Kotayk Province

Kotayk is located at the central part of the country. Its capital is Hrazdan and the largest city is Abovyan. It is named after the Kotayk canton of the historic Ayrarat province of Ancient Armenia.
Kotayk is bordered by Lori Province from the north, Tavush Province from the northeast, Gegharkunik Province from the east, Aragatsotn Province from the west, and Ararat Province and the capital Yerevan from the south. Kotayk is the only province in Armenia that has no borders with foreign countries.
The province is home to many ancient landmarks and tourist attractions in Armenia including the 1st-century Temple of Garni, the medieval Bjni Fortress, 11th-century Kecharis Monastery and the 13th-century monastery of Geghard, which is a UNESCO World Heritage Site. Kotayk is also home to the popular winter sports resort and the spa-town of Tsaghkadzor and the mountain resort of Agveran.
Tsaghkadzor spa town is a popular mountain resort with its several hotels and sanatoriums. It is a major destination for the lovers of winter sports. Many luxury hotels and resorts serve the town during the summer and winter seasons.
The villages of Hankavan, Pyunik, Agveran, Bjni and Arzni are popular summer resorts and major destinations for medical tourism.

Garni Temple

The Temple of Garni is a reconstructed classical Hellenistic temple near Garni village. It is the only Greco-Roman colonnaded building or temple in Armenia and the former Soviet Union. The precise date of construction of the temple is unknown and is subject to debate. The dominant view is that it was built in 77 AD, during the eleventh year of reign of king Trdate I. In 1945 the prominent Armenian painter Martiros Saryan discovered a Greek inscription, which named Trdate the Sun (Helios) the founder of the temple. The inscription reads "The Sun God Trdates, uncontested king of Great Armenia built the temple and the impregnable fortress in the eleventh year of his reign when Mennieay was hazarapet and Amateay was sparapet (general, commander)". The temple is dedicated to Mihr, to the god of the sun and the light. Near the temple there are also the ruins of the bathhouse and the christian church, that was built after Armenia adopted Christianity.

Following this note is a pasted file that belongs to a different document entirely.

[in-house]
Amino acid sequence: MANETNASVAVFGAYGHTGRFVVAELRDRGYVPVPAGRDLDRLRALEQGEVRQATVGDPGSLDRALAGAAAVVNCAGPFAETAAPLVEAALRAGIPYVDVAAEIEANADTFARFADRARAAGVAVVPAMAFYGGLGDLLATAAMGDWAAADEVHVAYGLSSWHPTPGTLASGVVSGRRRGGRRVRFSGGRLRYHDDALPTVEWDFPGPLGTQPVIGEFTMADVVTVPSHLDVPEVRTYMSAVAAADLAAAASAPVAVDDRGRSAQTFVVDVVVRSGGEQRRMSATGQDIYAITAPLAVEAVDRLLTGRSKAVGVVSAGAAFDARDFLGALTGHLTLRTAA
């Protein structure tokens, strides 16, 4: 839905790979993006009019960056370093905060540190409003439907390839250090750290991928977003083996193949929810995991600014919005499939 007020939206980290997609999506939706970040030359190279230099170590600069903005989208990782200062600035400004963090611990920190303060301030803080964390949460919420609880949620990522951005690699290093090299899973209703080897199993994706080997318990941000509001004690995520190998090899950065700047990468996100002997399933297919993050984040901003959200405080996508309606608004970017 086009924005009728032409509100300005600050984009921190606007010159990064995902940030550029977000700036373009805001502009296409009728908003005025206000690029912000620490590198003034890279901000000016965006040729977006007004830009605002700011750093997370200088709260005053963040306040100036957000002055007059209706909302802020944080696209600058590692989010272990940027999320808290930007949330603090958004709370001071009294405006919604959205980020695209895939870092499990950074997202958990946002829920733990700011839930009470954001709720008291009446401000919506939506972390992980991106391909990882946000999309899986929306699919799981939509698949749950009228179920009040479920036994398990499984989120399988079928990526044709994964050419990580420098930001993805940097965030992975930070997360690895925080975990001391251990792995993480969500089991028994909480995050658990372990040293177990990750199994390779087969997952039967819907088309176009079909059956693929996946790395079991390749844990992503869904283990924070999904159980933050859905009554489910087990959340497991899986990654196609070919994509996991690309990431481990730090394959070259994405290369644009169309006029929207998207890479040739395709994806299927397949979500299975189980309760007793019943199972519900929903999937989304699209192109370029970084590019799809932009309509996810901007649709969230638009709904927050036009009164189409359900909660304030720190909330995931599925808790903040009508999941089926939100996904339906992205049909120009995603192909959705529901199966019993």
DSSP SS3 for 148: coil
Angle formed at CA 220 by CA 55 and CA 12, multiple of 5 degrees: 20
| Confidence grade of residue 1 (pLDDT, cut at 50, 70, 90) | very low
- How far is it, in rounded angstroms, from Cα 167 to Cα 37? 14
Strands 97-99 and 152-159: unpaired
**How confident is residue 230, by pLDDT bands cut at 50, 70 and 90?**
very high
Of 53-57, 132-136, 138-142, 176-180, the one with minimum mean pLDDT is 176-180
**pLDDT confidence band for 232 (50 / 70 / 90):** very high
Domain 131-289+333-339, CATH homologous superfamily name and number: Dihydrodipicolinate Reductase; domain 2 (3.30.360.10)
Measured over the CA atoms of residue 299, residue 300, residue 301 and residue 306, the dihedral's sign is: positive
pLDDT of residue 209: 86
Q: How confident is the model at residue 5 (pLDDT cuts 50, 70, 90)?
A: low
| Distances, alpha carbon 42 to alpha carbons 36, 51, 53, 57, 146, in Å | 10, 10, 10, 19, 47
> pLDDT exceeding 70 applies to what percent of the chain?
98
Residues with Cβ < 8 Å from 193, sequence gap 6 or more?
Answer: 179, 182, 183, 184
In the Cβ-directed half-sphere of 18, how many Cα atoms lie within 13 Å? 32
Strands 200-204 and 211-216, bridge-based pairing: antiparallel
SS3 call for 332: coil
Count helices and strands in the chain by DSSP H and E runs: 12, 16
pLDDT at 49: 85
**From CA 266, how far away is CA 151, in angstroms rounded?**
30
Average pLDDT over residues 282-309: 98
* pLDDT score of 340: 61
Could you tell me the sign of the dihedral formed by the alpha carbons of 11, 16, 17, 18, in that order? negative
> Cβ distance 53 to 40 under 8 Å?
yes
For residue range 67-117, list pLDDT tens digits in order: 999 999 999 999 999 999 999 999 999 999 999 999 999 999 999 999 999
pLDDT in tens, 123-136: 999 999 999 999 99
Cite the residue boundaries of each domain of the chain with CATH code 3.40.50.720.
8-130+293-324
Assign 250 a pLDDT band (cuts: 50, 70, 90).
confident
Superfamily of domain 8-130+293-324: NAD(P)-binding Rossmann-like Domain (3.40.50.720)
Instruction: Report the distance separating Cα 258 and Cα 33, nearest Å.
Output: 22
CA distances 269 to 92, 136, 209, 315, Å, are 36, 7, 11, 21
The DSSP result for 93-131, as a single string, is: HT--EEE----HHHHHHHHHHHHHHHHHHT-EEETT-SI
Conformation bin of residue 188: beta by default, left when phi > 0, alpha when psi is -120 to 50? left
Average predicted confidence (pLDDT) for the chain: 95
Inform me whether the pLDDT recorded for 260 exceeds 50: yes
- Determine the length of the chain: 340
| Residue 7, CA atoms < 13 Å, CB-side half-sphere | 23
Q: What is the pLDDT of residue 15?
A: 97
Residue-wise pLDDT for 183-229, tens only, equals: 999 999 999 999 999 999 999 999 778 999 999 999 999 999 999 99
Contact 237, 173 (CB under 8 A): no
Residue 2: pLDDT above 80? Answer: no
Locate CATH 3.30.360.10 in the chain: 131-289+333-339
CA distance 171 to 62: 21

Geghard is a medieval monastery in the Kotayk province of Armenia, being partially carved out of the adjacent mountain, surrounded by cliffs.This unique architectural construction is included in the UNESCO list of World Cultural Heritage. The full name – is Gegardavank, literally - "The spear monastery". The name of the monastery complex comes from the spear of Longinus that pierced the body of Jesus Christ on the Cross, and, allegedly, brought to Armenia by Apostle Judas Thaddaeus. Now the spear is exhibited in the Museum of Etchmiadzin. This made it a popular place of pilgrimage for Armenian Christians over many centuries.
The monastery was founded in the 4th century, according to tradition by Gregory the Illuminator. The site is that of a spring arising in a cave which had been sacred in pre-Christian times, hence one of the names by which it was known, Ayrivank (the Monastery of the Cave). In one of the cave cells there lived, in the 13th century, Mkhitar Ayrivanetsi, the well-known Armenian historian. The first monastery was destroyed by Arabs in the 9th century.
Today the monastery complex is located at the end of the paved road, and the walk up from the parking lot is lined with women selling sweet bread, sheets of dried fruit (fruit lavash), sweet sujukh (grape molasses covered strings of walnuts) and various souvenirs.


Kecharis, is a medieval Armenian monastic complex dating back to the 11th to 13th centuries, located 60 km from Yerevan, in the ski resort town of Tsakhkadzor in Armenia. Nestled in the Bambak mountains, Kecharis was founded by a Pahlavuni prince in the 11th century, and construction continued until the middle of the 13th century. In the 12th and 13th centuries, Kecharis was a major religious center of Armenia and a place of higher education.
The main group of the complex consists of three churches, two chapels and a gavit, to the west of which, a few dozen meters away, there is another church with its own vestry at the side of a road leading to the forest. There still are many tombstones around these monuments.
The monastery was heavily damaged in an earthquake of 1927 and the reconstruction of Kecharis was finally resumed in 1998 and finished in 2000. Today the moastery Kecharis is clearly visible from the ski slopes.